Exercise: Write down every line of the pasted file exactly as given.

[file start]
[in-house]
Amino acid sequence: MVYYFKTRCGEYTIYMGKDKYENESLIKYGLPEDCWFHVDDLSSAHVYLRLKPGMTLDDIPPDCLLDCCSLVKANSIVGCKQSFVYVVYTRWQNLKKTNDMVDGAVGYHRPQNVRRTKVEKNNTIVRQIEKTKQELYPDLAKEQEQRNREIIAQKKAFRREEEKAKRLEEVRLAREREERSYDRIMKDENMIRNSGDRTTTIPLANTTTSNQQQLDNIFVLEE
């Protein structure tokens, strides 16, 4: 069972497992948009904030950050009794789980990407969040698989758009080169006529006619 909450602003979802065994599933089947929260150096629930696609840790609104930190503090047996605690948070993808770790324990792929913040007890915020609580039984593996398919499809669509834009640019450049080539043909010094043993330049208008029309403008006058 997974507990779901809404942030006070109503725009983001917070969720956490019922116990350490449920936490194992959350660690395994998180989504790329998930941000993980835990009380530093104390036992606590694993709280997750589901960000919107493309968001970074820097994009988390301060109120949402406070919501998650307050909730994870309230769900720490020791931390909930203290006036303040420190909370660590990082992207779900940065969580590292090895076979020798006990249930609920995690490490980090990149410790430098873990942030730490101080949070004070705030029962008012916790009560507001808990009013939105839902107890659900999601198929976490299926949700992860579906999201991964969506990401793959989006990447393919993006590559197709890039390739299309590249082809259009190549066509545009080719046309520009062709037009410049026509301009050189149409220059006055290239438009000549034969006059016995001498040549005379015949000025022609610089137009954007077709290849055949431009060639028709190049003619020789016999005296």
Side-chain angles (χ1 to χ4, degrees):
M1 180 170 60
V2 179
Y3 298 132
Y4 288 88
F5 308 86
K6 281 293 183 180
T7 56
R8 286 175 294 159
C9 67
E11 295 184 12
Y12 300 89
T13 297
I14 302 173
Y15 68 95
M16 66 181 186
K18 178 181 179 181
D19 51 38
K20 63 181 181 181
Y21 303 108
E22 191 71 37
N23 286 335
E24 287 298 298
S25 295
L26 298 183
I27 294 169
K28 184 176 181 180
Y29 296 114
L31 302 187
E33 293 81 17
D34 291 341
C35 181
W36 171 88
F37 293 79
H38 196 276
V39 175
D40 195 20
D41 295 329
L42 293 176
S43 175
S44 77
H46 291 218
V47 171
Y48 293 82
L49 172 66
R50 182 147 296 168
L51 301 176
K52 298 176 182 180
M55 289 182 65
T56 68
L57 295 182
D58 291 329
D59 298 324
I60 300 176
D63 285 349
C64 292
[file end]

[in-house]
Amino acid sequence: MVYYFKTRCGEYTIYMGKDKYENESLIKYGLPEDCWFHVDDLSSAHVYLRLKPGMTLDDIPPDCLLDCCSLVKANSIVGCKQSFVYVVYTRWQNLKKTNDMVDGAVGYHRPQNVRRTKVEKNNTIVRQIEKTKQELYPDLAKEQEQRNREIIAQKKAFRREEEKAKRLEEVRLAREREERSYDRIMKDENMIRNSGDRTTTIPLANTTTSNQQQLDNIFVLEE
């Protein structure tokens, strides 16, 4: 069972497992948009904030950050009794789980990407969040698989758009080169006529006619 909450602003979802065994599933089947929260150096629930696609840790609104930190503090047996605690948070993808770790324990792929913040007890915020609580039984593996398919499809669509834009640019450049080539043909010094043993330049208008029309403008006058 997974507990779901809404942030006070109503725009983001917070969720956490019922116990350490449920936490194992959350660690395994998180989504790329998930941000993980835990009380530093104390036992606590694993709280997750589901960000919107493309968001970074820097994009988390301060109120949402406070919501998650307050909730994870309230769900720490020791931390909930203290006036303040420190909370660590990082992207779900940065969580590292090895076979020798006990249930609920995690490490980090990149410790430098873990942030730490101080949070004070705030029962008012916790009560507001808990009013939105839902107890659900999601198929976490299926949700992860579906999201991964969506990401793959989006990447393919993006590559197709890039390739299309590249082809259009190549066509545009080719046309520009062709037009410049026509301009050189149409220059006055290239438009000549034969006059016995001498040549005379015949000025022609610089137009954007077709290849055949431009060639028709190049003619020789016999005296």
Side-chain angles (χ1 to χ4, degrees):
M1 180 170 60
V2 179
Y3 298 132
Y4 288 88
F5 308 86
K6 281 293 183 180
T7 56
R8 286 175 294 159
C9 67
E11 295 184 12
Y12 300 89
T13 297
I14 302 173
Y15 68 95
M16 66 181 186
K18 178 181 179 181
D19 51 38
K20 63 181 181 181
Y21 303 108
E22 191 71 37
N23 286 335
E24 287 298 298
S25 295
L26 298 183
I27 294 169
K28 184 176 181 180
Y29 296 114
L31 302 187
E33 293 81 17
D34 291 341
C35 181
W36 171 88
F37 293 79
H38 196 276
V39 175
D40 195 20
D41 295 329
L42 293 176
S43 175
S44 77
H46 291 218
V47 171
Y48 293 82
L49 172 66
R50 182 147 296 168
L51 301 176
K52 298 176 182 180
M55 289 182 65
T56 68
L57 295 182
D58 291 329
D59 298 324
I60 300 176
D63 285 349
C64 292